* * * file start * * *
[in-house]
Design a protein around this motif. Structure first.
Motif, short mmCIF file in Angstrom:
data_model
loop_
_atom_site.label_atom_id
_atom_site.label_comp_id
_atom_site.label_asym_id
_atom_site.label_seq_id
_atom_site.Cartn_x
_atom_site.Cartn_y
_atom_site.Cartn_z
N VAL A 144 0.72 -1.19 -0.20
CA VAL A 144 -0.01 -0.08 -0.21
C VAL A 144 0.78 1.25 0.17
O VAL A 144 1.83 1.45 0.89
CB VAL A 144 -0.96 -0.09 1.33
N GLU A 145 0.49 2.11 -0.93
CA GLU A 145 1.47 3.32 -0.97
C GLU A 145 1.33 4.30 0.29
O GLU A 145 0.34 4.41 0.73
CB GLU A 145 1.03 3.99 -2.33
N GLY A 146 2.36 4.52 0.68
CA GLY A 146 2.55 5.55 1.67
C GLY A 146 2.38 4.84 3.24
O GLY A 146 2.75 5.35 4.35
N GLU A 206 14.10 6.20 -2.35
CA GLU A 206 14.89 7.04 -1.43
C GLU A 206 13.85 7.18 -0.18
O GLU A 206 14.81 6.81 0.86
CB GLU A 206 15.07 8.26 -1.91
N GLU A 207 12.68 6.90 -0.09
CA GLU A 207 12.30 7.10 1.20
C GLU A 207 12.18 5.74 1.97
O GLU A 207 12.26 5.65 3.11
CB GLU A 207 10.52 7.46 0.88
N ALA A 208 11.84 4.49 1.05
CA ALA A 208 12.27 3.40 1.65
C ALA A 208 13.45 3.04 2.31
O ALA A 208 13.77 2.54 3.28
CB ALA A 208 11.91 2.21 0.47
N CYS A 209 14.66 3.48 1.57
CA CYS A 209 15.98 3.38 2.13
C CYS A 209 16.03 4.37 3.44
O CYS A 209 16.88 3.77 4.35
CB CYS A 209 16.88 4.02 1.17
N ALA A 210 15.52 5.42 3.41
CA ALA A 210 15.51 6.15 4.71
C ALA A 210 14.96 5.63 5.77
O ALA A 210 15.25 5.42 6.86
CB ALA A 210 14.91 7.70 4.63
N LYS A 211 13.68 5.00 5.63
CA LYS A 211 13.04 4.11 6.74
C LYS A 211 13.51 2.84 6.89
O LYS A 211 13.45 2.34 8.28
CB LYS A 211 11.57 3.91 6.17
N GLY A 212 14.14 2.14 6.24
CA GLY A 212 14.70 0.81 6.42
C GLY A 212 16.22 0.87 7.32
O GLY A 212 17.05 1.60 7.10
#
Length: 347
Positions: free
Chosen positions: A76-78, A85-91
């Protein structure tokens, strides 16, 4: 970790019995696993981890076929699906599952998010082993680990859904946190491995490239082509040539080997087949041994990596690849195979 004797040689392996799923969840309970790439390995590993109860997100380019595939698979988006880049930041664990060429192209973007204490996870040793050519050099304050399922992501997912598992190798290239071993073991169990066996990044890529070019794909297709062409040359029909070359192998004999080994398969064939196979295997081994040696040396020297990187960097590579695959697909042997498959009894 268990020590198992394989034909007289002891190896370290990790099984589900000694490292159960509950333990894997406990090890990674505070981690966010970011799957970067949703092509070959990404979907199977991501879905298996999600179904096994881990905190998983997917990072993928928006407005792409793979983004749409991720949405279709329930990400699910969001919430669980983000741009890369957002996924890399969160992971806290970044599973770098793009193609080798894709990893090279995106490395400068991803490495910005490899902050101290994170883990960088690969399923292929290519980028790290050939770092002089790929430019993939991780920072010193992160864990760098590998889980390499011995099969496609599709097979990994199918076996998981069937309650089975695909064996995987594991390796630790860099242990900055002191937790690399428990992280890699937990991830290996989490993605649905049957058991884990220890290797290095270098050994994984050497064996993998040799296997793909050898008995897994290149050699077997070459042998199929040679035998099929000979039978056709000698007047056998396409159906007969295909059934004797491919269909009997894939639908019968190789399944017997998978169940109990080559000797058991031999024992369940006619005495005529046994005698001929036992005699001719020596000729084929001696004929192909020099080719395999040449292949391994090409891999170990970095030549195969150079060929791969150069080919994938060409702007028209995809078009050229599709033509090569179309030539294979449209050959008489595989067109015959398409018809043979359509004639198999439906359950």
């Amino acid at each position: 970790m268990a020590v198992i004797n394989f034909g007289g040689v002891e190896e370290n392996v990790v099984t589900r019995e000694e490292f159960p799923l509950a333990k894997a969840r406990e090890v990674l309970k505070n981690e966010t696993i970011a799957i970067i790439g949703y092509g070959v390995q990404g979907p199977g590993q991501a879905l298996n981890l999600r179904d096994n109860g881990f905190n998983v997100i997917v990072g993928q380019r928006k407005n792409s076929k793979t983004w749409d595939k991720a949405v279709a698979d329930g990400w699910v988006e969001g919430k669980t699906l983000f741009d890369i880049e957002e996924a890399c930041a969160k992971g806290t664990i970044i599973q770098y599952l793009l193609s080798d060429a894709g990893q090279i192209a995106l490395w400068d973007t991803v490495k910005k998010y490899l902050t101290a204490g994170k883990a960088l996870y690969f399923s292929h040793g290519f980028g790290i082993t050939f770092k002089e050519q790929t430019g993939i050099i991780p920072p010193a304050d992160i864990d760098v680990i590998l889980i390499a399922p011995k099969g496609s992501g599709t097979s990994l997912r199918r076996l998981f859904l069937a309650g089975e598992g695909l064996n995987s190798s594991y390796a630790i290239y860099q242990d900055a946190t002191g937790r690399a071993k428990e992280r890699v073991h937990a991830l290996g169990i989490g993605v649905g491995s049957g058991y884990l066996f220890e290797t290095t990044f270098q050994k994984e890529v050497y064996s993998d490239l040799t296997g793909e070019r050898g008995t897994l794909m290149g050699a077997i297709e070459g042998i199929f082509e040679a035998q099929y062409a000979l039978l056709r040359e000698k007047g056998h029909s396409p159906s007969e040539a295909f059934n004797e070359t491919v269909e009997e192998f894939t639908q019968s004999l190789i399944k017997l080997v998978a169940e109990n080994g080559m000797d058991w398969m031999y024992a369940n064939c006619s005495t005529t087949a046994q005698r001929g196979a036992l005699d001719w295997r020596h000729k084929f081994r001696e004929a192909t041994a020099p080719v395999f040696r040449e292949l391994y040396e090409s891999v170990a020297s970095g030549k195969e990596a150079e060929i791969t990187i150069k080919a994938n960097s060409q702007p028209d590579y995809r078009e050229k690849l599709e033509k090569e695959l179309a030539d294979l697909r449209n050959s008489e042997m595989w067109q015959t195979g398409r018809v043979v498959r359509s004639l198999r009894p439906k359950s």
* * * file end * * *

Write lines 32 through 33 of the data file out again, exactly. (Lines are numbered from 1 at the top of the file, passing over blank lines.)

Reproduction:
N GLU A 207 12.68 6.90 -0.09
CA GLU A 207 12.30 7.10 1.20